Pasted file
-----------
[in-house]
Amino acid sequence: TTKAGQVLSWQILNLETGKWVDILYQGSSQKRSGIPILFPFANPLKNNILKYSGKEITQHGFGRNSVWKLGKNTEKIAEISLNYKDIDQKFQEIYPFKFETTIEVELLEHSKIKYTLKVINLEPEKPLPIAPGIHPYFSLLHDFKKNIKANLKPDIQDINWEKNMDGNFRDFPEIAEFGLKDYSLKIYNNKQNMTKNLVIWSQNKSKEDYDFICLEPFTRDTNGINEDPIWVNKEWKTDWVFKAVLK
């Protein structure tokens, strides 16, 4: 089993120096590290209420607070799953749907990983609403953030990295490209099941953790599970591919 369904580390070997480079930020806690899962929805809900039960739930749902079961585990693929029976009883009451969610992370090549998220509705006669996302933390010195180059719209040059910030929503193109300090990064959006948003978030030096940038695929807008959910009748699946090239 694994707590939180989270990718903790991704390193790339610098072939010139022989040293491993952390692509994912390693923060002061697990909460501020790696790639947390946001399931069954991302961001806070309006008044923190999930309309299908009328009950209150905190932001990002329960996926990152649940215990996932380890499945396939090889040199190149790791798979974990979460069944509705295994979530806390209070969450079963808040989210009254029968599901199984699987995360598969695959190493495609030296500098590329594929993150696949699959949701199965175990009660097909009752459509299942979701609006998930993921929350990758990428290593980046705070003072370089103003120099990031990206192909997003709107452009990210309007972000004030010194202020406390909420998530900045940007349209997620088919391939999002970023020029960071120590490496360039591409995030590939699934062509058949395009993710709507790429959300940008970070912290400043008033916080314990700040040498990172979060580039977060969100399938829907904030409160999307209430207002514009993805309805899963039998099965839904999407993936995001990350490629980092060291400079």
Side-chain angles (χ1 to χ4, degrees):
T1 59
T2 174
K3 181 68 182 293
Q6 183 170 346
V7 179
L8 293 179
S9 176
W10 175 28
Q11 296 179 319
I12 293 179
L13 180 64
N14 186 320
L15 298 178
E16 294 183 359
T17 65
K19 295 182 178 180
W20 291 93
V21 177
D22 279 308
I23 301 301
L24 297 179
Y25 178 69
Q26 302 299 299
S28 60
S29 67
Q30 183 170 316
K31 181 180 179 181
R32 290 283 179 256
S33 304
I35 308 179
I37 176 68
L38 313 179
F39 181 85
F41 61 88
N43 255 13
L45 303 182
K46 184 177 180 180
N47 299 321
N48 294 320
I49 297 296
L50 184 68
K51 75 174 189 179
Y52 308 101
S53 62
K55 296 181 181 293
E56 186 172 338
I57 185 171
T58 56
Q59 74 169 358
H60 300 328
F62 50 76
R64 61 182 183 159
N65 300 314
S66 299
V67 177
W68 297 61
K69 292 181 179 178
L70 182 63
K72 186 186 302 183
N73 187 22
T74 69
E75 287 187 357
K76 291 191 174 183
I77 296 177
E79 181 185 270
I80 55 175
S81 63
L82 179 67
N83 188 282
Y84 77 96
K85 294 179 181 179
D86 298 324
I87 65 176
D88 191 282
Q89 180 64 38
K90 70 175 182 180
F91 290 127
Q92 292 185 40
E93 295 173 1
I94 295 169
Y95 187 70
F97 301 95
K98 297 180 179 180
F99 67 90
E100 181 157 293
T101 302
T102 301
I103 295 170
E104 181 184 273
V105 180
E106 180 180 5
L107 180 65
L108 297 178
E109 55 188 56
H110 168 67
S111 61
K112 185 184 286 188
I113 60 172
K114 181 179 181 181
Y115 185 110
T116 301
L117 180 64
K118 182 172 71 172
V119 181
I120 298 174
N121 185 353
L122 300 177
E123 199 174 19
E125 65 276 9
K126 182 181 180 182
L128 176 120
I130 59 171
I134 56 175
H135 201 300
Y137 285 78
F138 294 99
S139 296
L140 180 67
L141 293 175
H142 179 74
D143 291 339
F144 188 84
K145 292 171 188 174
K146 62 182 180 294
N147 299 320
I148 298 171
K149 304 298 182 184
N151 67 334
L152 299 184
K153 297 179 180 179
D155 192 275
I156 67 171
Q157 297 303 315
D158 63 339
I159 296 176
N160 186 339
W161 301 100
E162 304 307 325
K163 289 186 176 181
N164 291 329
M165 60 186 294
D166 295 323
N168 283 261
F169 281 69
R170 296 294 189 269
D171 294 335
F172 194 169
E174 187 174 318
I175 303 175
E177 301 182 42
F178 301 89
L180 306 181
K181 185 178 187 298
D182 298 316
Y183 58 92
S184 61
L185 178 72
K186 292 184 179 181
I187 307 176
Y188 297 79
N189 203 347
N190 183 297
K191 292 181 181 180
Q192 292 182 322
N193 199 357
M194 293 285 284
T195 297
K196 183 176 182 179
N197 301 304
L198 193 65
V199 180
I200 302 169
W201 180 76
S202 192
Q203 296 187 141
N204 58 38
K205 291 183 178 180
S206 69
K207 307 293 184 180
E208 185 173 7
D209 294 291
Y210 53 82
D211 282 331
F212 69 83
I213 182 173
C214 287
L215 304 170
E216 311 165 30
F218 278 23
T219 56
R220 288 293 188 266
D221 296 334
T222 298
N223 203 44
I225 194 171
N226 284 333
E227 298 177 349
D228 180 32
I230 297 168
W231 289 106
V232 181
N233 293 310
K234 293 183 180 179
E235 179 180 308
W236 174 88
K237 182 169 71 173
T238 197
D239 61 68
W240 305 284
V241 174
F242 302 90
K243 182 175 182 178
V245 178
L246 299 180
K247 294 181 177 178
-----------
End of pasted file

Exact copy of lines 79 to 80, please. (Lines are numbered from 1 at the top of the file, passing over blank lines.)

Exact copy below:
Q89 180 64 38
K90 70 175 182 180